Jerry Garcia and the Grateful Dead
I'm adding a section to preface my book on Jerry Garcia and the Grateful Dead because they had such a profound impact on my life. Jerry was like a second father to me in a way. He was the reluctant guru of a profound subculture movement that influenced millions and millions of Americans and people all around the world, mostly for the better. Yes, the music is better enhanced while under the influence of hallucinogens; however, you do not need to take drugs to understand the transcendental effects of where the music can take you. I'm leaving you with a few choice recordings in the event you've never heard them. Give them a listen!
Jerry was simply the coolest guy on the planet to many and certainly a cultural icon whose legacy continues to grow after his untimely death in 1995. Even though many millennials haven't heard of him or the Grateful Dead, the magic of his music lives on in the several hundred jam bands that continue to play his tunes throughout the country, namely Dead & Company which showcases John Mayer and three surviving original members of the band including Bob Wier and the two drummers Mickey Hart and Billy Kreutzman.
The following is a great interview with Jerry, at arguably the peak of his career in 1989 when he was on fire on stage with an energy that dated back to the 70's. They had gone "mainstream" with their single hit "Touch of Grey" that was a gateway song to listen to the whole album and attract that many more people to their concerts.
Once you have Grateful Dead in your blood, it's hard to shake. They had so many great influences from previous eras and genres from Motown to rock 'n roll, to jazz to gospel. "Once a deadhead, always a Deadhead!"
Grateful Dead from Wikipedia
The Grateful Dead was an American rock band formed in 1965 in Palo Alto, California. The band is known for its eclectic style, which fused elements of rock, folk, country, bluegrass, blues, gospel, and psychedelic rock for live performances of lengthy instrumental jams, and for their devoted fan base, known as "Deadheads". "Their music", writes Lenny Kaye, "touches on ground that most other groups don't even know exists". These various influences were distilled into a diverse and psychedelic whole that made the Grateful Dead "the pioneering Godfathers of the jam band world". The band was ranked 57th by Rolling Stone magazine in its The Greatest Artists of All Time issue. The band was inducted into the Rock and Roll Hall of Fame in 1994 and a recording of their May 8, 1977, performance at Cornell University's Barton Hall was added to the National Recording Registry of the Library of Congress in 2012. The Grateful Dead have sold more than 35 million albums worldwide.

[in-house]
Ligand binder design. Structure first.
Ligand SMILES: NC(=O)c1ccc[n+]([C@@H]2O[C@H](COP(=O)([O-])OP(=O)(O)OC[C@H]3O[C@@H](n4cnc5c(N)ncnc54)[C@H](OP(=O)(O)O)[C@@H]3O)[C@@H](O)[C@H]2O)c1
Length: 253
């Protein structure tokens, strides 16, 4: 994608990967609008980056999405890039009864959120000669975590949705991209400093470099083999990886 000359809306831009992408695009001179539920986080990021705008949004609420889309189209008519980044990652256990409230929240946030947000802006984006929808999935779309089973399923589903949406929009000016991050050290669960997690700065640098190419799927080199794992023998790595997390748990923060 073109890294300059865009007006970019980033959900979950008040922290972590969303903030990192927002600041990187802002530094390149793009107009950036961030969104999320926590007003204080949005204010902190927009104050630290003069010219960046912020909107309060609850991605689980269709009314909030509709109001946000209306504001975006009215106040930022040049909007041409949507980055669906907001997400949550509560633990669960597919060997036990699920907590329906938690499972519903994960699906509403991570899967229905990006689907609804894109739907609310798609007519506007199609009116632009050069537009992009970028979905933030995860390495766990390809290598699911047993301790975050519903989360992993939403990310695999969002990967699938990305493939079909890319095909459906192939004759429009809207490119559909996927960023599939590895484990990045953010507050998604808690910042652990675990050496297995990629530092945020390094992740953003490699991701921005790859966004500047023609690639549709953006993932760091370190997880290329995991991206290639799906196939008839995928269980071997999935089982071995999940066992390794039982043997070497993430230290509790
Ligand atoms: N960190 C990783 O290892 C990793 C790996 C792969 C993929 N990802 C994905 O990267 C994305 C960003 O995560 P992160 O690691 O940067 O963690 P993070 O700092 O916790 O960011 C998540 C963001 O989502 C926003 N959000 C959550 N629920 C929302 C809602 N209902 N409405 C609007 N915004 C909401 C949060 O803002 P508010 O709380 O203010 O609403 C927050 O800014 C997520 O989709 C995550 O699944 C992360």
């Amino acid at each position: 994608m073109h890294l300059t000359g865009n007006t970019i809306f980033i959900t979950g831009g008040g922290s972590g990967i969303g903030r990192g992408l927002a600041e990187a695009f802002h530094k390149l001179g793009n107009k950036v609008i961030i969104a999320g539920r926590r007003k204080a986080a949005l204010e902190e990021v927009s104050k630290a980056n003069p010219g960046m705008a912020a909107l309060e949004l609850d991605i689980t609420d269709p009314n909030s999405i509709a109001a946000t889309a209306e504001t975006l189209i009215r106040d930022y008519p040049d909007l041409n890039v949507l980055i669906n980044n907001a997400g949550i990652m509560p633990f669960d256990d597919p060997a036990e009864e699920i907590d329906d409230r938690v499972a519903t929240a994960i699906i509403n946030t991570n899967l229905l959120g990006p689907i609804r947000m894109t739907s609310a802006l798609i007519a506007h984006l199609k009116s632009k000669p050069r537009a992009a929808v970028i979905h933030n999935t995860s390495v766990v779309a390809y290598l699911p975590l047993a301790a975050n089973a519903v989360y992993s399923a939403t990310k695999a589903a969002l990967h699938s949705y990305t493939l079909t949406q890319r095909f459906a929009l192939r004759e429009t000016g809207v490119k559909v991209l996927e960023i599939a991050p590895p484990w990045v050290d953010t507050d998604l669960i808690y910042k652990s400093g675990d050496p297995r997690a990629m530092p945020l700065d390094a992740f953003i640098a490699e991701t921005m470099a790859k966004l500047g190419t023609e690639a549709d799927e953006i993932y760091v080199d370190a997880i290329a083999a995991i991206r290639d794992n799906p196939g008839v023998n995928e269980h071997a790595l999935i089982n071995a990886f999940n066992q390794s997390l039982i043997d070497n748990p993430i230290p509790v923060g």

The Grateful Dead was founded in the San Francisco Bay Area amid the rise of the counterculture of the 1960s. The founding members were Jerry Garcia (lead guitar, vocals), Bob Weir (rhythm guitar, vocals), Ron "Pigpen" McKernan (keyboards, harmonica, vocals), Phil Lesh(bass, vocals), and Bill Kreutzmann (drums). Members of the Grateful Dead had played together in various San Francisco bands.
Drummer Mickey Hart and non-performing lyricist Robert Hunter joined in 1967. With the exception of McKernan, who died in 1973, and Hart, who took time off from 1971 to 1974, the core of the band stayed together for its entire 30-year history. The other official members of the band are Tom Constanten (keyboards; 1968–1970), John Perry Barlow(nonperforming lyricist; 1971–1995), Keith Godchaux (keyboards; 1971–1979), Donna Godchaux (vocals; 1972–1979), Brent Mydland(keyboards, vocals; 1979–1990), and Vince Welnick (keyboards, vocals; 1990–1995). Bruce Hornsby (accordion, piano, vocals) was a touring member from 1990 to 1992, as well as a guest with the band on occasion before and after the tours.
After the death of Garcia in 1995, former members of the band, along with other musicians, toured as the Other Ones in 1998, 2000, and 2002, and the Dead in 2003, 2004, and 2009. In 2015, the four surviving core members marked the band's 50th anniversary in a series of concerts that were billed as their last performances together. There have also been several spin-offs featuring one or more core members, such as Dead & Company, Furthur, the Rhythm Devils, Phil Lesh and Friends, RatDog, and Billy & the Kids.